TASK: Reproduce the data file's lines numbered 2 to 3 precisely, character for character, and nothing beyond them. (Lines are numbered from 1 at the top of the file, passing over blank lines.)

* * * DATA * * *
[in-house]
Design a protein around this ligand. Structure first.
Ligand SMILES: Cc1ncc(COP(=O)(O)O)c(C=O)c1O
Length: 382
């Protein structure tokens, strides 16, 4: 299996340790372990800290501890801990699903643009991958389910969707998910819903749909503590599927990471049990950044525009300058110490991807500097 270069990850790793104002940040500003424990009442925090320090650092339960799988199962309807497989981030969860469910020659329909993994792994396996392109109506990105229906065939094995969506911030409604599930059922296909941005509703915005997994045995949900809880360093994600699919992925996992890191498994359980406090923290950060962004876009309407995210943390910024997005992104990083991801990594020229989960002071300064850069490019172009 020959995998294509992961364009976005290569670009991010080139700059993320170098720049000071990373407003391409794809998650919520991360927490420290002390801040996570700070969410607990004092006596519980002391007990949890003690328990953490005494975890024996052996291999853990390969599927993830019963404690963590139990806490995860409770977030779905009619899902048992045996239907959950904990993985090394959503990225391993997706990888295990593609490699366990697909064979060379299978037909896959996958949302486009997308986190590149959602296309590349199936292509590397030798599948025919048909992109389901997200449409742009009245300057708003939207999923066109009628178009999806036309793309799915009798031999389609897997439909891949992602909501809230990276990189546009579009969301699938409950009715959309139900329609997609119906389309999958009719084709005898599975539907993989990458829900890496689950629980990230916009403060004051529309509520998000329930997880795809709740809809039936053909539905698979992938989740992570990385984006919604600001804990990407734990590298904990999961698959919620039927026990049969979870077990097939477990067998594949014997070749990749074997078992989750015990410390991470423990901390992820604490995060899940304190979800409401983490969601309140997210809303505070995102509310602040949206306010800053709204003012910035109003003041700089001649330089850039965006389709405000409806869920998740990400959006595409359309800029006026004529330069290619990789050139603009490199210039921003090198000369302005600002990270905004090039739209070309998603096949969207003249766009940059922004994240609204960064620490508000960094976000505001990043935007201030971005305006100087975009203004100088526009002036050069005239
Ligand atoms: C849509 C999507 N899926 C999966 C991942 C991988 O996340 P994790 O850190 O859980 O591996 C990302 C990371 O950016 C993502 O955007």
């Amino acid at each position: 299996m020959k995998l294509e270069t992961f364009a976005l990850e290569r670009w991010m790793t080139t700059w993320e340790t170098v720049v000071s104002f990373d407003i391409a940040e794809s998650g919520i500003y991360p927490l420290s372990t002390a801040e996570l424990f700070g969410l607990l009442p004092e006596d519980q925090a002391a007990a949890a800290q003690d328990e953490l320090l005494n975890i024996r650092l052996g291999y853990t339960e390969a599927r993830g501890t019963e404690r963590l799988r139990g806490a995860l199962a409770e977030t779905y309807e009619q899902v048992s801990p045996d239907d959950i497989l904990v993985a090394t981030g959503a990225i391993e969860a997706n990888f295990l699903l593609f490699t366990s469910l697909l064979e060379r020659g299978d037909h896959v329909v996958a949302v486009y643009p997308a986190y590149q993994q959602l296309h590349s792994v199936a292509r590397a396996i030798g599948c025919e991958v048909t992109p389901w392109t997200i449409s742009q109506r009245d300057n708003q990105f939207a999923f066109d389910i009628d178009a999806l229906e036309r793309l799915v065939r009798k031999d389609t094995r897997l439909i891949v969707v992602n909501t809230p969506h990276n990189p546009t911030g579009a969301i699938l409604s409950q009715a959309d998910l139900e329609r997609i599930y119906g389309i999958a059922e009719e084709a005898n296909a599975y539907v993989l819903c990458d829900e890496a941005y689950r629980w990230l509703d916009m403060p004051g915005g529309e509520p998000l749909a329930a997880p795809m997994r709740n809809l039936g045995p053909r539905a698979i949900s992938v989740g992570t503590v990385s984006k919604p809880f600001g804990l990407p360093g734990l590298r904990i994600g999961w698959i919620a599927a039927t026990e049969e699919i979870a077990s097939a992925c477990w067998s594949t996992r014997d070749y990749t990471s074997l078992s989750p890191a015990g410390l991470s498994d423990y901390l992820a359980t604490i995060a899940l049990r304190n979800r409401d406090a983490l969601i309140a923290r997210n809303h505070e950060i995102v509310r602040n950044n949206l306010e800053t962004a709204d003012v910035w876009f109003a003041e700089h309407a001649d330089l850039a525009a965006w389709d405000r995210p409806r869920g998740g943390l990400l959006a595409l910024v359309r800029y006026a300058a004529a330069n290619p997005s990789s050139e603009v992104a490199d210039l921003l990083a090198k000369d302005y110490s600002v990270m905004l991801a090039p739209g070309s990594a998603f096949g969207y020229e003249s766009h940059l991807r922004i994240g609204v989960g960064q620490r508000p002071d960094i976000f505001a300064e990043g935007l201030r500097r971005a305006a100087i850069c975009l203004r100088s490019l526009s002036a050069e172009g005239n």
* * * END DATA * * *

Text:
Design a protein around this ligand. Structure first.
Ligand SMILES: Cc1ncc(COP(=O)(O)O)c(C=O)c1O